Howard Bentwood client, Contract, Temporary...
It may be Valentine’s Day, but so far there has been little love lost between Remainers and Brexiteers in the argument over whether Britain’s formal departure from the European Union harbours a new era for prosperity or economic ruin.
The rapid passing of the bill to begin the Brexit process, hot on the heels of a landmark Supreme Court ruling, appears to have paved the way to a definitive break from our European connections tout suite. Despite this, last-gasp efforts continue from some quarters (notably the Scottish Nationalists and Liberal Democrats) to shoehorn in multiple amendments before the Prime Minister’s self-imposed 31st March deadline to trigger Article 50.
The uncertainty that has shrouded both the Brexit process and the UK’s negotiating position has obviously affected the domestic and international markets. In the days following the Yes vote the FTSE 100 dropped sharply before recovering quickly to hit a ten month high just a week later.
In the run up to the vote, Cedar saw many clients understandably taking a more cautious approach to hiring, especially at the most senior levels and particularly for permanent positions. However, in a turbulent political and economic environment, there is arguably an even greater need for top-tier expertise on board and many clients instead opted for an interim approach, taking on senior support on a more flexible basis. This allowed them to benefit from high-level skills, without committing to the long-term overheads of a permanent employee. For the candidate, too, this presented additional opportunities to leverage their experience for higher recompense and exposure to a number of different sectors, allowing them to increase their own professional development.
While Cedar has many reasons to be cheerful, until the exact picture of a post-Brexit Britain becomes clear opinion will remain divided on the prospects for UK Plc. An FT poll of 120 leading UK economists in January claimed that the majority of them are pessimistic about Brexit, believing it will harm medium-term prospects. Diana Coyle, Professor of Economics at the University of Manchester claimed that worsened trading relationships will hurt exporters – including those in the financial and professional services industries – and “tear a hole in the fabric of the economy”.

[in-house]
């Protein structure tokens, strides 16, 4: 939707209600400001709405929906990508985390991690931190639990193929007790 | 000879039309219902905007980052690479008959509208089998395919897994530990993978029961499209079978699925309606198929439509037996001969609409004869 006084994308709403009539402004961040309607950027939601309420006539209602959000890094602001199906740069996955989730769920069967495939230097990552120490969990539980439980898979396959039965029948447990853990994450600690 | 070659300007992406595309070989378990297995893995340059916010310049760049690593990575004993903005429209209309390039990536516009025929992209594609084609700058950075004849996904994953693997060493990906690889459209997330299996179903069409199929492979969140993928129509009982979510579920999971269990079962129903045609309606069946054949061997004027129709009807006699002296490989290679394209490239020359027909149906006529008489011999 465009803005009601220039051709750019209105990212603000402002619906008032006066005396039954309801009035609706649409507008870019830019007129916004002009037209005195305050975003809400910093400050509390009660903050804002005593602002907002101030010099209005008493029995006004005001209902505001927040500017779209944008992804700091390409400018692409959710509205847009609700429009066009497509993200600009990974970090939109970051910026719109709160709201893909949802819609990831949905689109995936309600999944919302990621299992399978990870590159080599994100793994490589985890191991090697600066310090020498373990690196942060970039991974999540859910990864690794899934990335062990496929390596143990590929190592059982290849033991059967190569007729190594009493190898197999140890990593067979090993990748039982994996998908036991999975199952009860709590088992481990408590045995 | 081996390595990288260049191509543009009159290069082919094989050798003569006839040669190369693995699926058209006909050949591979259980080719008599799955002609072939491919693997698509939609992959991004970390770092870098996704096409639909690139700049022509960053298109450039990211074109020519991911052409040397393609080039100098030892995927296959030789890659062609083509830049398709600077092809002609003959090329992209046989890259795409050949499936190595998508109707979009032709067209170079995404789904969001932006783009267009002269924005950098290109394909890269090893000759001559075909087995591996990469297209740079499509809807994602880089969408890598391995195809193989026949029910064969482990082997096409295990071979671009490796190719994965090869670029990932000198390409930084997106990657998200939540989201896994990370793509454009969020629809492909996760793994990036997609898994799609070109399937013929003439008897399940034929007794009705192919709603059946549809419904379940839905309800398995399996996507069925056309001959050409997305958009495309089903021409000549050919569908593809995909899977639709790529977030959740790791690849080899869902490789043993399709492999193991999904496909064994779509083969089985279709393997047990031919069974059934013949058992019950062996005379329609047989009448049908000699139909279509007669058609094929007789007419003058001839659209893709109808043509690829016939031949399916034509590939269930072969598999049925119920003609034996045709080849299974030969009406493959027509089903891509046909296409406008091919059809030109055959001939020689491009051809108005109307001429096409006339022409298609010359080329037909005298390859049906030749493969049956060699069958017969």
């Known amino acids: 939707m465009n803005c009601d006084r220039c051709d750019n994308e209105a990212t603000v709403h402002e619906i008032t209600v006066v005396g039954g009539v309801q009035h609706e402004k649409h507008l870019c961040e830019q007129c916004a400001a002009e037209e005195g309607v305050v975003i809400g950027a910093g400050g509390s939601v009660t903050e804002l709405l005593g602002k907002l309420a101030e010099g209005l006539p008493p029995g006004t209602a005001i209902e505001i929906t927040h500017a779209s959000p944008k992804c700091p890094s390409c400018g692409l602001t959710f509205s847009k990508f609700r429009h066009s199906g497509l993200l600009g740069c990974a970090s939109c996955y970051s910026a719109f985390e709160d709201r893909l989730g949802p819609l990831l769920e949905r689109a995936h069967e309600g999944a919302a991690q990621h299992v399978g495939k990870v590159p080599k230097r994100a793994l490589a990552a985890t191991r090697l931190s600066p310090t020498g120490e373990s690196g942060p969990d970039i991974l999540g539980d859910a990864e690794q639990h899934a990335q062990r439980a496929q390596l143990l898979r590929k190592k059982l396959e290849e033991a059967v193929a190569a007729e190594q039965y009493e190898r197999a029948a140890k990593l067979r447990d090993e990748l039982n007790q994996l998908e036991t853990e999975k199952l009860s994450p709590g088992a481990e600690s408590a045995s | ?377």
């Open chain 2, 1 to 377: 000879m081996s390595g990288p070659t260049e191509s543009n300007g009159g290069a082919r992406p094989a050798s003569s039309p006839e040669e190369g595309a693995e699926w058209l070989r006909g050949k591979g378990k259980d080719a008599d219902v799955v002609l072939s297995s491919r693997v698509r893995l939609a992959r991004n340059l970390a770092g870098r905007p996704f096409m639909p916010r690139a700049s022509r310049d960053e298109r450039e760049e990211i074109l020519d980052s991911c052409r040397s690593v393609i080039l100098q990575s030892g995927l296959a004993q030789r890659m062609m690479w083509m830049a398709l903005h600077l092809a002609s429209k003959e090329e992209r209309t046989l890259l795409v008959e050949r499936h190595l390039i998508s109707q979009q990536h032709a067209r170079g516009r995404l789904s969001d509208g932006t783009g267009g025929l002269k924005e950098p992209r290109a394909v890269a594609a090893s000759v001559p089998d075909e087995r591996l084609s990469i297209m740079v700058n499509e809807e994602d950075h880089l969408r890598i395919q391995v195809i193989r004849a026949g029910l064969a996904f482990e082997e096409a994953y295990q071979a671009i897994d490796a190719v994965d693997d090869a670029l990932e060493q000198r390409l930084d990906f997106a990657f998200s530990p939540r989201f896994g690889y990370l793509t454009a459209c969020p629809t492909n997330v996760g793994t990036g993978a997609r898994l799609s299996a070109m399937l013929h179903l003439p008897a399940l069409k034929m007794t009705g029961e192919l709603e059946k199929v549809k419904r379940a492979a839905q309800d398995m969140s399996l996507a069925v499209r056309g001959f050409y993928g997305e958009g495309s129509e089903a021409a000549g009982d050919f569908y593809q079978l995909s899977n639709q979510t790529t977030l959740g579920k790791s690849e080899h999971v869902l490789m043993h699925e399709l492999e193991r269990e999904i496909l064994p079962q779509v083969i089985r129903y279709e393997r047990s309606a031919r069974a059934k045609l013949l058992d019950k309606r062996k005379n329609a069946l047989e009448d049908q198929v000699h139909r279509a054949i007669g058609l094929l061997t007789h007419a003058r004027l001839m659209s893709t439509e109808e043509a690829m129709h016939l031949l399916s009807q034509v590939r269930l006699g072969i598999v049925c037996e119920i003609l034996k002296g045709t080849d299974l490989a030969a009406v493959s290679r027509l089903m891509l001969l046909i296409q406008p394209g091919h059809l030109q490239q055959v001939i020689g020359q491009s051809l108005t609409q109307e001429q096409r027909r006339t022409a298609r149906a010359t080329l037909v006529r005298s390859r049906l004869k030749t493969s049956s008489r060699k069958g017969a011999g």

The negotiating position that the UK government adopts with the EU will be critical for future growth, leading some to be cautiously optimistic. In the same FT poll Gerard Lyons, Chief Economic Strategist for Netwealth Investments, said, “Even though there are challenges associated with leaving the EU, I expect the government to have decided upon a strong negotiating stance by the time it triggers Article 50”.
Despite the government ruling out an EEA model, some believe that the UK will continue to maintain the existing trade barriers the EU imposes on the rest of the world, while also facing trade barriers when trading with EU members. Professor Patrick Minford, Professor of Economics at Cardiff University, and other prominent voices from the group Economists for Brexit, have dubbed this the “Great Brexit Consensus Deceit”. Indeed, the status quo does appear to relegate Britain to the role of the unwelcome relative at a family gathering: Tolerated, while still expecting an inheritance.
Professor Minford et al make a compelling case for unilateral free trade, claiming it will lead to a fall in consumer prices, increased competition and output, equivalent to a large tax cut. They argue that a Green Card visa system for skilled workers would offer adequate protection for EU-residents already in-situ while also eliminating the welfare burden.
While it’s difficult to fully support such a rose-tinted version of events, there are certainly tangible benefits to the Leave vote, even in the short-term. The fall in the value of the pound creates great opportunities for export in goods and services. Every dollar- and euro-denominated business that buys from UK suppliers has enjoyed significant savings on their purchases since June. The relatively weak pound and a greater focus on global trade could lead to a boom for experienced finance and procurement professionals able and willing to seek opportunities outside the UK, or to provide expertise for global companies with UK operations.
Forward-thinking companies would do well to consider creating their own Department for Brexit by bringing in or dedicating internal resources to look specifically at their strategy in light of the risks and opportunities we face following our emergence from the European Union.